Why Labelling Sexual And Gender Minorities As "Dangerous" Is Dehumanising

Dehumanising and demonising gender and sexual minorities comes forward as a way to mindlessly hate them without having to question your values and arguments.

Pallavi Barnwal
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Demonising sexual and gender minorities: Sometime back I was scrolling through my YouTube feed when I came across a video with an interesting title that was recommended to me. It was a young gay YouTuber reacting to homophobic videos. It was an absolute joy to watch that young man dismantle all the homophobic arguments made against his existence with logic and superior knowledge. While I was amused at some of the ridiculous and outlandish claims made by homophobic speakers, I also noticed an eerie similarity between almost all the homophobic content. They all tried to demonise the LGBTQ+ community.

There was one particular black and white video released in the 50s or 60s that caught my attention. It was government released, and the main message it wanted to give its viewers was that gay people were dangerous. It featured a middle-aged man walking around the town and talking to young children. The rough-voiced narrator described the man with such disgust and resentment, it made my skin crawl. The character was portrayed as a savage animal in the jungle, trying to lure in and prey on unsuspecting innocents. Seeing such a narrative was disturbing to me, but I told myself that things have changed now. But have things really changed? Not really. While I acknowledge that there are far more LGBTQ+ allies now than ever, our developing country is still a hub of homophobia and transphobia.


Dehumanising and demonising gender and sexual minorities comes forward as a way to mindlessly hate them without having to question your values and arguments. When you label an entire community as dangerous, you take their humanity away from them. If they aren't human enough or "normal" enough, you do not need to think about your hurtful actions or words. You can indulge in your blind, hateful beliefs as much as you want without feeling guilty or second-guessing yourself. After all, they deserve to be treated this way. That is why we find so many people unwilling to listen to reason or have a discussion when it comes to LGBTQ+ acceptance. They know that their beliefs do not stand up to logic or critical thinking, but they are so used to homophobia and transphobia that they have accepted it as the whole truth and nothing but the truth.

A reader of mine is a young college student and recently came out as lesbian. She is the daughter of a single mother who is supportive of trans people. But the moment my reader disclosed to her mother that she is a lesbian, her face dropped. She got worried that lesbian women were going to sexually harass her daughter. When this reader’s mother heard about lesbians, she did not think of them as women.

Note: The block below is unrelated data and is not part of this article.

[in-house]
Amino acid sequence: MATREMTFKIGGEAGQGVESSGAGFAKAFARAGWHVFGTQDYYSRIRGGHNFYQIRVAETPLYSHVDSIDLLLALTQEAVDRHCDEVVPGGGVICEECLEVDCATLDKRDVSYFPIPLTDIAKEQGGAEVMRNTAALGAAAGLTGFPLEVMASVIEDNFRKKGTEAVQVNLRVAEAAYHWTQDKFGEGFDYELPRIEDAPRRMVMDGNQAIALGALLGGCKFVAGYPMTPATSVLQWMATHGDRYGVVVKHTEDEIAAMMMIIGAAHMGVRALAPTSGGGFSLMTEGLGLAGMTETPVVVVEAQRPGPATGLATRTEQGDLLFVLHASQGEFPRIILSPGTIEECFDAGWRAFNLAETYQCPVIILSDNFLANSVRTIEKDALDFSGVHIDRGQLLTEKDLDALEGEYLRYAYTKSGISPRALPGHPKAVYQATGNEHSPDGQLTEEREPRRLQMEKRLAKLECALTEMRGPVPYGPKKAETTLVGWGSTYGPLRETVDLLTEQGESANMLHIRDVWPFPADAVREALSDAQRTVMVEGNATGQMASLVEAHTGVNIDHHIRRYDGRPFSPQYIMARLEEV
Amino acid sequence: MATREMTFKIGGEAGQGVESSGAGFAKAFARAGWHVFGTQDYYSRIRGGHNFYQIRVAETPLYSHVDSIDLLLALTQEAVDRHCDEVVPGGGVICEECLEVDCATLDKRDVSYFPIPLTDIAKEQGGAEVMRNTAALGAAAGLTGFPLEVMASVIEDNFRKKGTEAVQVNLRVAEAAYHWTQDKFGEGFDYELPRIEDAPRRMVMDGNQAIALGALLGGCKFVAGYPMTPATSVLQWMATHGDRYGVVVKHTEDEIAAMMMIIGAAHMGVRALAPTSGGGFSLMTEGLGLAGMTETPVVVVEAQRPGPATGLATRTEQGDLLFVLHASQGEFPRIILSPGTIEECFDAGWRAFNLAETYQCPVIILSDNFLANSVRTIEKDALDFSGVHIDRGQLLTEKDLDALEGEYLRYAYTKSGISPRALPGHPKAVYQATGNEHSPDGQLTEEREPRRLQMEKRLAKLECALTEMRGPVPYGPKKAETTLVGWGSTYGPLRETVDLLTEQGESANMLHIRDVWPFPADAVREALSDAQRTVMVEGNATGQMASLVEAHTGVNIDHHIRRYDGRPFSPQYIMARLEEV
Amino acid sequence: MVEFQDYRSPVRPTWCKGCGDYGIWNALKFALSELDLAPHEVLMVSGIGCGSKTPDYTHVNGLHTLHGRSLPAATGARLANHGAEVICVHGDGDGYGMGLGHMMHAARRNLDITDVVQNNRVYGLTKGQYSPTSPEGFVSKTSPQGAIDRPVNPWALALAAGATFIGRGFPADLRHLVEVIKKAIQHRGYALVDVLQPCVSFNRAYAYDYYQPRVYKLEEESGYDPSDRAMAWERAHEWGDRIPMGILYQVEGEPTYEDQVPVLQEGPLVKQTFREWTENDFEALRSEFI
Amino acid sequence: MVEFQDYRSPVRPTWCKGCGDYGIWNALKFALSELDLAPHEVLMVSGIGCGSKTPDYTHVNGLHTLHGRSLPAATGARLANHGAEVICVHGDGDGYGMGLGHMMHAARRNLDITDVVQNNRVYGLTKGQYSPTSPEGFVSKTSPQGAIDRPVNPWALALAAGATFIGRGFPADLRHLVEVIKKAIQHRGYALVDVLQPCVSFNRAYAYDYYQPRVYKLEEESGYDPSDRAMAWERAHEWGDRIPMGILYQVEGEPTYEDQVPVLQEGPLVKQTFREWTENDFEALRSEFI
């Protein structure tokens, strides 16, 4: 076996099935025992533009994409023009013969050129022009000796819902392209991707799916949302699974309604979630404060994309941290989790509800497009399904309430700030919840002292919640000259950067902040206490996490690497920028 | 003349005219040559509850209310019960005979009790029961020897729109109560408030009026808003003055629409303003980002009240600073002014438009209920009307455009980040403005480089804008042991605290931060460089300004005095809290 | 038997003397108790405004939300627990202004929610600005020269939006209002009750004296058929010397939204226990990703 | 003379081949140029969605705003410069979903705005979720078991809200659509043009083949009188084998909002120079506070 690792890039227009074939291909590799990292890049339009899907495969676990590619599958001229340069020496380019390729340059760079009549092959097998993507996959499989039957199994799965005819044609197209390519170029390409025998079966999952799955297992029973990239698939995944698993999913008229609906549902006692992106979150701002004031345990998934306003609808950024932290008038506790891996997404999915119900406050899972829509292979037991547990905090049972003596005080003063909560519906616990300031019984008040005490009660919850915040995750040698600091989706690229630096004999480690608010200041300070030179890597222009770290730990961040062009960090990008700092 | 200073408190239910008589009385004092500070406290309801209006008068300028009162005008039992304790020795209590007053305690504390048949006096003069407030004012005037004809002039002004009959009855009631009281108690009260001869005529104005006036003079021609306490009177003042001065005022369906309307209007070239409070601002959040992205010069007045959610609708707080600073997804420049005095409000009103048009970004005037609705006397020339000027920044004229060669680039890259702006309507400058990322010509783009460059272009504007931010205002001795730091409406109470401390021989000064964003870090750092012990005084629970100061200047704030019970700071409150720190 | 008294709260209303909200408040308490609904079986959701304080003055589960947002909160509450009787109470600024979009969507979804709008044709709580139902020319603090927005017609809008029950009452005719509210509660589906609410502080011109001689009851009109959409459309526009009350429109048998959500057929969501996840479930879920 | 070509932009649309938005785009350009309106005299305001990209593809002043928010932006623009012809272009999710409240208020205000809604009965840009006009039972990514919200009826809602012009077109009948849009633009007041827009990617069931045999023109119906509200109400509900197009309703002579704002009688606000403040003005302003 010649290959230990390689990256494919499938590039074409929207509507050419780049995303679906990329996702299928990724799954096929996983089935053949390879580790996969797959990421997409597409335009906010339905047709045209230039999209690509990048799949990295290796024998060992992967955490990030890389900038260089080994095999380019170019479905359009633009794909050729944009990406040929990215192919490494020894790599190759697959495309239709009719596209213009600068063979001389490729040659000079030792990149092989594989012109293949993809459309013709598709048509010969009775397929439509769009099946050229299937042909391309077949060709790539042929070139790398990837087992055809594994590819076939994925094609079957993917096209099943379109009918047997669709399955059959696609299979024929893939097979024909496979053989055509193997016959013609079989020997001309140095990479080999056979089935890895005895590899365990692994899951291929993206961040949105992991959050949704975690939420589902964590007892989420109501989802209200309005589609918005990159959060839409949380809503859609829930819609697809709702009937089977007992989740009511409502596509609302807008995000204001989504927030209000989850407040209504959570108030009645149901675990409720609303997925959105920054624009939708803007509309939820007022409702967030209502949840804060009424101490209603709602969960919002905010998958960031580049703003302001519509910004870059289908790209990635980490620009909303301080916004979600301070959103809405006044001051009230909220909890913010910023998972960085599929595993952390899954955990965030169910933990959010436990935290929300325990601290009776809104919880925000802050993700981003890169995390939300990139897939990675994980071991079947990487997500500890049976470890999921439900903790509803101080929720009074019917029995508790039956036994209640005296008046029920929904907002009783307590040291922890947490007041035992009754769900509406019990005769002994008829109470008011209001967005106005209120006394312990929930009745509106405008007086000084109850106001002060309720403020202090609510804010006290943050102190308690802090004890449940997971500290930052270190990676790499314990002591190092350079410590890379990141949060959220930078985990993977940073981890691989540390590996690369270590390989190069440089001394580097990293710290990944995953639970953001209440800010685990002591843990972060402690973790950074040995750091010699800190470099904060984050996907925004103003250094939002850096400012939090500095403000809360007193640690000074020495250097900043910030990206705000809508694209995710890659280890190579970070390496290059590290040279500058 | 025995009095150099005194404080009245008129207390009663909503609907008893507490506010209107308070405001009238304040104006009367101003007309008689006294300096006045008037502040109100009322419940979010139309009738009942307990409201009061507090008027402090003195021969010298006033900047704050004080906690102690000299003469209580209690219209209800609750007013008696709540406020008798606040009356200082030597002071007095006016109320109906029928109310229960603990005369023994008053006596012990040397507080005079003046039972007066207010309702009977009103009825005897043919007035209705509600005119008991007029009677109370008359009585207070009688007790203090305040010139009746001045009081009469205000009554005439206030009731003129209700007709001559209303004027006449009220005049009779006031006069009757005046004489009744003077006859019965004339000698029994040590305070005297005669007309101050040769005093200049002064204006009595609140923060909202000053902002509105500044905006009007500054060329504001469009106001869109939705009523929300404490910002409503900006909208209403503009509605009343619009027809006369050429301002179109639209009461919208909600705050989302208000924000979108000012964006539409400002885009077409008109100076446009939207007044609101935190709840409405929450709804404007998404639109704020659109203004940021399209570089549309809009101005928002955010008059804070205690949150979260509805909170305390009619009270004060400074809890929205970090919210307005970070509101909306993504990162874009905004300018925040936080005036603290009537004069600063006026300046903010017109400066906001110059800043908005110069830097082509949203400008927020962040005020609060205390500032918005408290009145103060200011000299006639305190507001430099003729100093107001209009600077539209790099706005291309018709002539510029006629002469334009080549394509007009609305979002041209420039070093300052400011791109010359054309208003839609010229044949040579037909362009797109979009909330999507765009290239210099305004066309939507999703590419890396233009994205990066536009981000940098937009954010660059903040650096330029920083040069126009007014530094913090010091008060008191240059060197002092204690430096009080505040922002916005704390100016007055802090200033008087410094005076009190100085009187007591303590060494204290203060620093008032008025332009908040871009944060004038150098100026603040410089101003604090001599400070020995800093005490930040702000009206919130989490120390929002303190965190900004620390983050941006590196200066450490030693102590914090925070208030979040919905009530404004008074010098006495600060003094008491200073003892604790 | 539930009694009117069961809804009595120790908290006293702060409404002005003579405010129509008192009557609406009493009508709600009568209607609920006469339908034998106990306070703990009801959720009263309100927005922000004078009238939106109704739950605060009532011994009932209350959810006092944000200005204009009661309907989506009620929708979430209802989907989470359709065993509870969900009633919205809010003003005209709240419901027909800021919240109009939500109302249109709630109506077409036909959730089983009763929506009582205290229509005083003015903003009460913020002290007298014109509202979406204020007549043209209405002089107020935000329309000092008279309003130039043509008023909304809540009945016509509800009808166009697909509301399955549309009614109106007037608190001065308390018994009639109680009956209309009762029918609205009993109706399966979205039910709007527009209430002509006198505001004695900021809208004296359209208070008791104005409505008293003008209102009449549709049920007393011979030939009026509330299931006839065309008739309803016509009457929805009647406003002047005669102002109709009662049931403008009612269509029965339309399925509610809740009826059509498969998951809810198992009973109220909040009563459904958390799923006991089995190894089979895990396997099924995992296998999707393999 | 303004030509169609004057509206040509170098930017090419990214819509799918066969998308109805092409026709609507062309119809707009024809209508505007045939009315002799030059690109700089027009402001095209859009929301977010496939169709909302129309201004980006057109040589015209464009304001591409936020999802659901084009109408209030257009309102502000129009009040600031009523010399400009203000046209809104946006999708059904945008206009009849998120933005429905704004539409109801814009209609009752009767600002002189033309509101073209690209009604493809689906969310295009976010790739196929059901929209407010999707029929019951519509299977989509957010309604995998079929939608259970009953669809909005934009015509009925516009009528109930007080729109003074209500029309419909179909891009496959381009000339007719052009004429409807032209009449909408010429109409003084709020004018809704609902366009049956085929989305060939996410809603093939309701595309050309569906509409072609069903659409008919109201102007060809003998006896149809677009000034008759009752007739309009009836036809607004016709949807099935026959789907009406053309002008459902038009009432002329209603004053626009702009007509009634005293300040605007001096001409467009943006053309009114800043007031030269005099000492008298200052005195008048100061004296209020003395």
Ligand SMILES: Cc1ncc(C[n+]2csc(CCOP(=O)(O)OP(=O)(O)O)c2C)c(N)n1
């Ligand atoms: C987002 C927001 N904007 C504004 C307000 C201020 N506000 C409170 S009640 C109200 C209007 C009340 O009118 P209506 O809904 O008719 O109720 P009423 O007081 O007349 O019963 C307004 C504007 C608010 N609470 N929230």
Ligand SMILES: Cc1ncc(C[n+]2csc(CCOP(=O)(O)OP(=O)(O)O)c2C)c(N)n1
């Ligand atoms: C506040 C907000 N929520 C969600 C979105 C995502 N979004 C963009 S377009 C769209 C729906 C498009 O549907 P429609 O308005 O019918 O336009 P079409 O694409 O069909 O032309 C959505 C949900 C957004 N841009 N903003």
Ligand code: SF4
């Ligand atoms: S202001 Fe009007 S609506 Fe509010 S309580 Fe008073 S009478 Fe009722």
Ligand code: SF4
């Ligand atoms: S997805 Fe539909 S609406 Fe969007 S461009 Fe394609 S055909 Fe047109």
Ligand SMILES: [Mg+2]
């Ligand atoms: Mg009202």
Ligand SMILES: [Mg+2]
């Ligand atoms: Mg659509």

As being attracted to women is seen as a "male" thing, she gave lesbian women the same stereotypical characteristics that are attributed to men. Her fears came from a place of worry that stemmed from decades of objectification and sexual violence against women. The way she viewed men as predators and women as prey blinded her to the fact that lesbian women are women, and most importantly, humans.

This works similarly with gay men and straight men as well. Many straight men hate gay men for various reasons. One of them said that they are afraid to be treated like how they treat women. Many straight men are terrified of attracting the sexual attention of gay men. They falsely believe that all gay men are hypersexual perverts who will touch them without their consent and have no control over their impulses. This is the same sort of mindset that many women are brought up with.


This fear comes from rigid gender roles that most of us still seem to carry. It tells us that one-half of the population is the aggressor and that the other half is the victim. This widely accepted (and absurd) predator-prey dynamic is one of the main reasons why so many people dehumanise others, including the LGBTQ+ community.

Pallavi Barnwal is a certified sexuality coach and founder of a sex-positive platform Get Intimacy. She has been featured as a sexpert in publications such as Huffington Post, India Today, Vogue, The Hindu, Dainik Bhaskar, Indian Express, Times Of India, BBC, Deccan Chronicle, Femina and more. She specialises in helping people gain courage to talk openly about sex and relationships and equipping them with actionable tips and skills so they can start having more pleasure both inside and outside their bedroom. The views expressed are the author’s own.

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sex and sexuality LGBTQIA+ community Pallavi Barnwal